MedicalResearch.com Interview with: Pranay Sinha, MD Research Fellow Section of Infectious Diseases Boston University School of Medicine  MedicalResearch.com: What is the background for this study? Response: In the early days of the COVID-19  pandemic there were no evidence-based treatments for severely ill patients infected with this virus. We formed an interdisciplinary group of physicians from departments of adult and pediatric infectious diseases, rheumatology, and pulmonary/critical care as well as clinical pharmacy specialists. Given some promising data from China, we instituted treatment with off-label IL-6 receptor inhibitors (tocilizumab and sarilumab). The rationale was to mitigate the exuberant immune response observed in some patients infected with SARS-CoV-2 (also called cytokine storm or cytokine release syndrome). Quite quickly, we started noticing that giving the drug to our sickest patients wasn’t eliciting dramatic improvement. We reasoned that by the time patients were severely ill and requiring ventilators, the damage to their lungs from the cytokine storm had already taken place. It was like closing the barn door after the horse had already bolted. (more…)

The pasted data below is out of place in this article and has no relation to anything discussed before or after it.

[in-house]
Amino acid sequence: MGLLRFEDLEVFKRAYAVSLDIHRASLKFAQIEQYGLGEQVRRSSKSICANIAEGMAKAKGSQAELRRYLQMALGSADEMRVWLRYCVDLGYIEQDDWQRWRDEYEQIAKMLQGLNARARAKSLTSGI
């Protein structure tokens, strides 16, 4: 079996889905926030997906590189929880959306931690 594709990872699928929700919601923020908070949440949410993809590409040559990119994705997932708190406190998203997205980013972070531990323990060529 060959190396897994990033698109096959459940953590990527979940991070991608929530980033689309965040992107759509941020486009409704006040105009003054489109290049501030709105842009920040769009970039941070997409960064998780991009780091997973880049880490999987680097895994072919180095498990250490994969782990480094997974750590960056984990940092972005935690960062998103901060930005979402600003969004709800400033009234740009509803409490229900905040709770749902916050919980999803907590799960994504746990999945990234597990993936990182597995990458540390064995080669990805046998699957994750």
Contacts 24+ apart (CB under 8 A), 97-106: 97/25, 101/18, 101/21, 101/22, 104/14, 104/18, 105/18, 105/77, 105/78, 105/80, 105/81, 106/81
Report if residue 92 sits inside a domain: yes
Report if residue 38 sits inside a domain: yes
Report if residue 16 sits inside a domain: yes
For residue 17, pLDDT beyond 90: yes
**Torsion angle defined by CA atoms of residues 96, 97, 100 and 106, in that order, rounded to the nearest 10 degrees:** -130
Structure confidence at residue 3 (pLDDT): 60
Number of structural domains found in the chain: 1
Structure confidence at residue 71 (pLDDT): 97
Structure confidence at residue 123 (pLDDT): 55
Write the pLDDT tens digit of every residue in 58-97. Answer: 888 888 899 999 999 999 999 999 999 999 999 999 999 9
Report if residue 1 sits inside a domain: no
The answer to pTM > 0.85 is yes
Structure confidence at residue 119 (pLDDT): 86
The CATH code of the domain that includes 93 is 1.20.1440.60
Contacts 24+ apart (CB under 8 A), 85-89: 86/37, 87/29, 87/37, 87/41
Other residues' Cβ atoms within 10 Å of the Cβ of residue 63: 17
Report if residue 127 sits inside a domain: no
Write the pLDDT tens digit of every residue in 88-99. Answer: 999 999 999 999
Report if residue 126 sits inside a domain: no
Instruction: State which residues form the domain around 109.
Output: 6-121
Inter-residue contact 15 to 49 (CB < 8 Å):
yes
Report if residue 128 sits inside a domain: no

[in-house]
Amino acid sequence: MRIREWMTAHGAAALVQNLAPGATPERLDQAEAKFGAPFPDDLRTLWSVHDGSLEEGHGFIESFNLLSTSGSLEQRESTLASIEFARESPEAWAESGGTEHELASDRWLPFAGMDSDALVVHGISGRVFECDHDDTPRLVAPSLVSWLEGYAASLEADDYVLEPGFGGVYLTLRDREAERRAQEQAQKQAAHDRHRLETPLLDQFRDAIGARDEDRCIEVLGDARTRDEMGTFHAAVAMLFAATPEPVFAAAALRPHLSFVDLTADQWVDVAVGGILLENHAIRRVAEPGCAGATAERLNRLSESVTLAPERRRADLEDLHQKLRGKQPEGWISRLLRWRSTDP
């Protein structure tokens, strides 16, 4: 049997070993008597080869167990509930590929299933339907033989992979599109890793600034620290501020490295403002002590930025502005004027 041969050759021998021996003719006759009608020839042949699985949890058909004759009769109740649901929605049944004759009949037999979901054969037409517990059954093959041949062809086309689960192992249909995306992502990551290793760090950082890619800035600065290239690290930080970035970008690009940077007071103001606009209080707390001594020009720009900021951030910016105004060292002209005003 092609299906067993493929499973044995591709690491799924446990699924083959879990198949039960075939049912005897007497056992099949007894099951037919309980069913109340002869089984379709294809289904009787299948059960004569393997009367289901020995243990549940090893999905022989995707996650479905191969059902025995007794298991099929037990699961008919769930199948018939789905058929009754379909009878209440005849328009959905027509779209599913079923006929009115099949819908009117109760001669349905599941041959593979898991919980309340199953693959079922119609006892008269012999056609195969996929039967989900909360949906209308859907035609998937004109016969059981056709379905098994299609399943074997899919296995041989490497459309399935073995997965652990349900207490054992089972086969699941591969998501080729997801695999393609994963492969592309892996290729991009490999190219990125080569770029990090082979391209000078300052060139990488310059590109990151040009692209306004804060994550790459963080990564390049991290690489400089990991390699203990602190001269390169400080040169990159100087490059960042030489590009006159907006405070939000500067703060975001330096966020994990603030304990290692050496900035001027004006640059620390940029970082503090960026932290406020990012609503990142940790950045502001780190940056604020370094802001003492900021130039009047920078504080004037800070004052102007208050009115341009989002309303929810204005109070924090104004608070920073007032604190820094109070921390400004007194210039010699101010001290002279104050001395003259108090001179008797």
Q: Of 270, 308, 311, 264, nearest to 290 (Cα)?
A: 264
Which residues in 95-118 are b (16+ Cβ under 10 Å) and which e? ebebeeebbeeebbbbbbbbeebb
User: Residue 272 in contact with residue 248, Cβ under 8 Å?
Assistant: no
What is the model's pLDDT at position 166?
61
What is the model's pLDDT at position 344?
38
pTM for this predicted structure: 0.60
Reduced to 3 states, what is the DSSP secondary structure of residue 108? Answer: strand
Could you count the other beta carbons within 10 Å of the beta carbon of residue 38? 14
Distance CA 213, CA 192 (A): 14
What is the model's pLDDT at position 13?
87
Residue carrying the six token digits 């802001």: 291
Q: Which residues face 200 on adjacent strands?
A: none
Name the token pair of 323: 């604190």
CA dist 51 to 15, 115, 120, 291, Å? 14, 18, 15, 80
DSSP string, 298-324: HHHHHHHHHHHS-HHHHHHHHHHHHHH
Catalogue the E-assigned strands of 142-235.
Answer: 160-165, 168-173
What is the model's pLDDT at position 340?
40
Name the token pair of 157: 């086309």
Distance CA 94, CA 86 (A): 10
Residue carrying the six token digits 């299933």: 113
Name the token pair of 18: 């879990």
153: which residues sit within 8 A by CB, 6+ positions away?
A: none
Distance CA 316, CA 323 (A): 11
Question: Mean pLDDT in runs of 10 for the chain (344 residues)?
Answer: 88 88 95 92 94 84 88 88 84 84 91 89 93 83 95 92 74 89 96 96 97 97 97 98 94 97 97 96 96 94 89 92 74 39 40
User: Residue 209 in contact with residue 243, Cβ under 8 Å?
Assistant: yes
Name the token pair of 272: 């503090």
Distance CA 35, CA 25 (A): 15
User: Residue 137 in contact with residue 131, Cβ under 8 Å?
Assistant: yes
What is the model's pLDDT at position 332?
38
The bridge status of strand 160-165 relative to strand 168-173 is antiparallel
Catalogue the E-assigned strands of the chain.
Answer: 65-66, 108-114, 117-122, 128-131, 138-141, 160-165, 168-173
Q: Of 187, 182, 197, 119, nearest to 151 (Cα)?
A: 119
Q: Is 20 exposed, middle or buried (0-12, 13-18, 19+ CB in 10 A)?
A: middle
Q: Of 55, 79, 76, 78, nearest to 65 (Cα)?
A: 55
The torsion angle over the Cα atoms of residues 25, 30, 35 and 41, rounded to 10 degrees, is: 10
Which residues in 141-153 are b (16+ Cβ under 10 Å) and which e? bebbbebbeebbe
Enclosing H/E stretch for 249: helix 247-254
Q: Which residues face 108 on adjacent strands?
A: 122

Author Interviews, Cancer Research, COVID -19 Coronavirus, JAMA / 04.08.2020

MedicalResearch.com Interview with: Harvey W. Kaufman, MD, MBA, FCAP Senior Medical Director, Medical Informatics Quest Diagnostics Needham, MA  MedicalResearch.com: What is the background for this study? Response: The COVID-19 pandemic has disrupted routine healthcare and in particular cancer screenings.  We documented the impact on patients who were newly identified by cancer in the early months of the pandemic by analysis of Quest Diagnostics data. MedicalResearch.com: What are the main findings?  Response: We saw a 46% decline in newly identified patients with six common types of cancer.  In accordance to healthcare recommendations, many patients didn’t receive mammograms, colonoscopies, low-dose CT scans, and avoided physician visits for minor complaints.  When these patients return, some will present with more advanced stages of cancer than they would have without the disruption of the pandemic.  (more…)